(Bloomberg) --

Germany’s Bundesbank warned that a remarkably low number of business failures during the Covid-19 pandemic shouldn’t be seen as a guide for future risks. 

Thanks to government support that propped up companies and households during the recession last year, the financial system has emerged from the crisis largely unscathed and banks didn’t face a serious test, it said in its Financial Stability Review. 

That, however, doesn’t mean the link between the broader economy and credit risk is broken forever, it said. 

In future recessions, “credit risk could increase more strongly,” the Bundesbank said. “The experiences of the past few years should therefore not be projected into the future.”

Germany relied heavily on loan guarantees and a job retention program to support the economy during lockdowns to contain the spread of the coronavirus. After a strong recovery over the summer months, the economy is now facing headwinds triggered by persistent supply bottlenecks and a fresh spike in infections that’s leading to new restrictions on public life.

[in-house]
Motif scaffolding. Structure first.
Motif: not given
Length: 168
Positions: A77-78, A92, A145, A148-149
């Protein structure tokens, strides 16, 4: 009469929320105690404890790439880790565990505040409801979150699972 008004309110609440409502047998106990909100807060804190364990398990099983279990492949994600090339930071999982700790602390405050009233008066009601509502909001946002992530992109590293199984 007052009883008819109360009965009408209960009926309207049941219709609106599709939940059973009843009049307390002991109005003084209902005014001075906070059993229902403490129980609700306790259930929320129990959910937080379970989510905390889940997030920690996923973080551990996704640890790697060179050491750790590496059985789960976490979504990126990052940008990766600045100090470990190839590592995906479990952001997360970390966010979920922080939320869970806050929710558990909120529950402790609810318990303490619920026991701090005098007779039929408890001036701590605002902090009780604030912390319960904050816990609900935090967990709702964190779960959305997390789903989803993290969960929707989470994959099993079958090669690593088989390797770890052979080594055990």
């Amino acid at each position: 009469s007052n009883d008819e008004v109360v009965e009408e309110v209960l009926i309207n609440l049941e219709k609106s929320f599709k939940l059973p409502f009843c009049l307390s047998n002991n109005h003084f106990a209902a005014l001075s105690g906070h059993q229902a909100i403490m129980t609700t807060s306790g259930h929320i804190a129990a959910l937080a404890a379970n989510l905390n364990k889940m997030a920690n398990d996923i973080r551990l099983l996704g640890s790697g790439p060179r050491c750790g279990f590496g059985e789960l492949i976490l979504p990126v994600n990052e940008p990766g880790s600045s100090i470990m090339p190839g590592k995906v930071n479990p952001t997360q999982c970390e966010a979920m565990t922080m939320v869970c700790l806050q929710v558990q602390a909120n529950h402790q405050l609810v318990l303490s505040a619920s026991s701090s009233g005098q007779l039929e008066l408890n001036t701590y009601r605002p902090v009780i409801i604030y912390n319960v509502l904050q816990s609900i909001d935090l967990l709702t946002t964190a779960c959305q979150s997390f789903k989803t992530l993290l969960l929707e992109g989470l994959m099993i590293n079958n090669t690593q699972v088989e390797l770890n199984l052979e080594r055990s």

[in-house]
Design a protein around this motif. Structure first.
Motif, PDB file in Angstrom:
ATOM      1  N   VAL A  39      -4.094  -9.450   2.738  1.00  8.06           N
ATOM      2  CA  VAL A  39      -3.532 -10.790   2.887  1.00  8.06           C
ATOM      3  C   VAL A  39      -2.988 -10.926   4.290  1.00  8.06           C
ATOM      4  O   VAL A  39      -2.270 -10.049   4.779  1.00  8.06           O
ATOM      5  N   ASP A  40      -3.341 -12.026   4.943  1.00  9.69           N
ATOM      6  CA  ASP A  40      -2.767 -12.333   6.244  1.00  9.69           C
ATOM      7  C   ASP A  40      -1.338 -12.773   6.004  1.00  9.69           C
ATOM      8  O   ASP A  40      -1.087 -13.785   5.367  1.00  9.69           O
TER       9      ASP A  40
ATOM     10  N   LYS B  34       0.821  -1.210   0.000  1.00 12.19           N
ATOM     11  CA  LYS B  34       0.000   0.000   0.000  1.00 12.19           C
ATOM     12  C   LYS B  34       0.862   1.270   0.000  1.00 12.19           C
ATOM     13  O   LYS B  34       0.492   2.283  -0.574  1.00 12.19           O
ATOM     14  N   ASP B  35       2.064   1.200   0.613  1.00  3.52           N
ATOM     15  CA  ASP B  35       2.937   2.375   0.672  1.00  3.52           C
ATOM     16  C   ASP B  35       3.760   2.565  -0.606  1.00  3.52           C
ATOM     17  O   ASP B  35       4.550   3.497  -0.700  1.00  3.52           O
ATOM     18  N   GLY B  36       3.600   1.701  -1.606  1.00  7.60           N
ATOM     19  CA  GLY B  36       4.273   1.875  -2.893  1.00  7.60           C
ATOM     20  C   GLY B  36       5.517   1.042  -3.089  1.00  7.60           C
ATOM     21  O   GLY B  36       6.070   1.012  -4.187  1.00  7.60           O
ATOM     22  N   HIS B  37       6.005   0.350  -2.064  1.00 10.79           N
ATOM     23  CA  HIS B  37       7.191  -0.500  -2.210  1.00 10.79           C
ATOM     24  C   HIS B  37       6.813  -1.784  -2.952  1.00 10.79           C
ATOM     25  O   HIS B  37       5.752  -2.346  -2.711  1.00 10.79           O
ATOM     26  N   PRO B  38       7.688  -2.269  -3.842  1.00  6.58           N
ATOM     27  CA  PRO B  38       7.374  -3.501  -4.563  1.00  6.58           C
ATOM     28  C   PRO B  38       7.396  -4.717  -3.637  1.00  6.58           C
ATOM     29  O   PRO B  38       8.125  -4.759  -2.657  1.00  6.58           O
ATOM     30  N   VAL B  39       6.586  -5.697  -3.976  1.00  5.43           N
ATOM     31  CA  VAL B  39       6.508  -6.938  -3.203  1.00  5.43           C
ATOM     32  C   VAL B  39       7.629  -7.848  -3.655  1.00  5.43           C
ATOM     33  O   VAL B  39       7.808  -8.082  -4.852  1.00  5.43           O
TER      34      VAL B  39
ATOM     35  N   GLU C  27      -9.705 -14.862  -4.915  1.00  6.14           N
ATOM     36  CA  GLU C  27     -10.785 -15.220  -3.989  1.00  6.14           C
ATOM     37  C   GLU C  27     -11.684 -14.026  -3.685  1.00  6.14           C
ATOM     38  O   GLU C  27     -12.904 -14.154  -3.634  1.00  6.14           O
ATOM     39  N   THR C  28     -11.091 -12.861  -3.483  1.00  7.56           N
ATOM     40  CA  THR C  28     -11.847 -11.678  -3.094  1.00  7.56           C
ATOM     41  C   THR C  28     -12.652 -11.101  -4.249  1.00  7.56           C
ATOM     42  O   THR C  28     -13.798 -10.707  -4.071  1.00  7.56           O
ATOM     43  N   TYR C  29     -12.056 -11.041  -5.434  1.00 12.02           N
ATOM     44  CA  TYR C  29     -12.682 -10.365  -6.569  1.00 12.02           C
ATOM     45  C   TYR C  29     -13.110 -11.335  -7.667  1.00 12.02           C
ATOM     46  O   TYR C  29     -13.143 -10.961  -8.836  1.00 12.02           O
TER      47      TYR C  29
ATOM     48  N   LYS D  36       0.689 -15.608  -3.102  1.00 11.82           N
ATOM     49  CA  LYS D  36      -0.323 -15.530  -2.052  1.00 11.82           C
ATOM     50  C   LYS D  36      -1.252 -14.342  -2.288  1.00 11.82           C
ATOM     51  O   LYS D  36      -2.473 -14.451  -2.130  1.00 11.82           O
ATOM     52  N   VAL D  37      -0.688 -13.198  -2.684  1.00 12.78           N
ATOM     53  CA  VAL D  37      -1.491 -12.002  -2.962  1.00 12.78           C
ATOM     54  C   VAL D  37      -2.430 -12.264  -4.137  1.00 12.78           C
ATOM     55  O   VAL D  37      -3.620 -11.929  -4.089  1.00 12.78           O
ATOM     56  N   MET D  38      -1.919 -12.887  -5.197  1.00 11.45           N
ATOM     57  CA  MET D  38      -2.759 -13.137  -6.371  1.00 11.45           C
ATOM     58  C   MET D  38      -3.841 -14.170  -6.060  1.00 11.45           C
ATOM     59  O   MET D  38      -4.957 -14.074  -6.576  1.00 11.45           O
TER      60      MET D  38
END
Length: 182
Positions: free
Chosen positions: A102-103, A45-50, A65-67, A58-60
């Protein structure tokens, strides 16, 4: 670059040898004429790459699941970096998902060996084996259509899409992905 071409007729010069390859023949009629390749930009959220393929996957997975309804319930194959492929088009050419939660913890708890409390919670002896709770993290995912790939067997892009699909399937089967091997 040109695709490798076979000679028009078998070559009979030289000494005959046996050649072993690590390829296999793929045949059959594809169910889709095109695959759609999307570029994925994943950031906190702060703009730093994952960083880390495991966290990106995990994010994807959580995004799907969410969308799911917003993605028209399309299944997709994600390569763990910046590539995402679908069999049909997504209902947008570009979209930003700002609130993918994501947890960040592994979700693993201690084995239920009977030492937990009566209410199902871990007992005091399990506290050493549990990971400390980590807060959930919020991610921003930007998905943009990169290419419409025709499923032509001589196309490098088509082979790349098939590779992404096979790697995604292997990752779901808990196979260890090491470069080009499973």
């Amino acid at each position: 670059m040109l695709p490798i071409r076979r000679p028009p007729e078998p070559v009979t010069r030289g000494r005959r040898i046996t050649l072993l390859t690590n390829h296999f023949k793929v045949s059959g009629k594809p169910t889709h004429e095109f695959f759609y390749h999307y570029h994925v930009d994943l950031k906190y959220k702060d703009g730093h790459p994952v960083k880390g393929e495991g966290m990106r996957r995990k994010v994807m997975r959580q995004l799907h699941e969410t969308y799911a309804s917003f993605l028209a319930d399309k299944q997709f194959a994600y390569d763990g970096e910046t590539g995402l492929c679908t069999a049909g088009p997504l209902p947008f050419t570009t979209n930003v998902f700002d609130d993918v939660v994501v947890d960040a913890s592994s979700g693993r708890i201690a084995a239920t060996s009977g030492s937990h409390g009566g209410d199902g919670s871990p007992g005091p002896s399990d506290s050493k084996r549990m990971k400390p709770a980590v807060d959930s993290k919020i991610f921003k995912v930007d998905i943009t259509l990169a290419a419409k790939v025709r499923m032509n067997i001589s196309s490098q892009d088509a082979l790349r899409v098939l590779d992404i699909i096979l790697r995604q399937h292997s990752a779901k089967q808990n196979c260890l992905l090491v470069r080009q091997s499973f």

The central bank also warned that rising interest rates could cause losses to the financial system. For banks, the burden of higher financing costs could outstrip the benefit of improved interest income in the short term.

 The wider system also took on greater risk in a search for yield during the long period of low interest rates, it said. 


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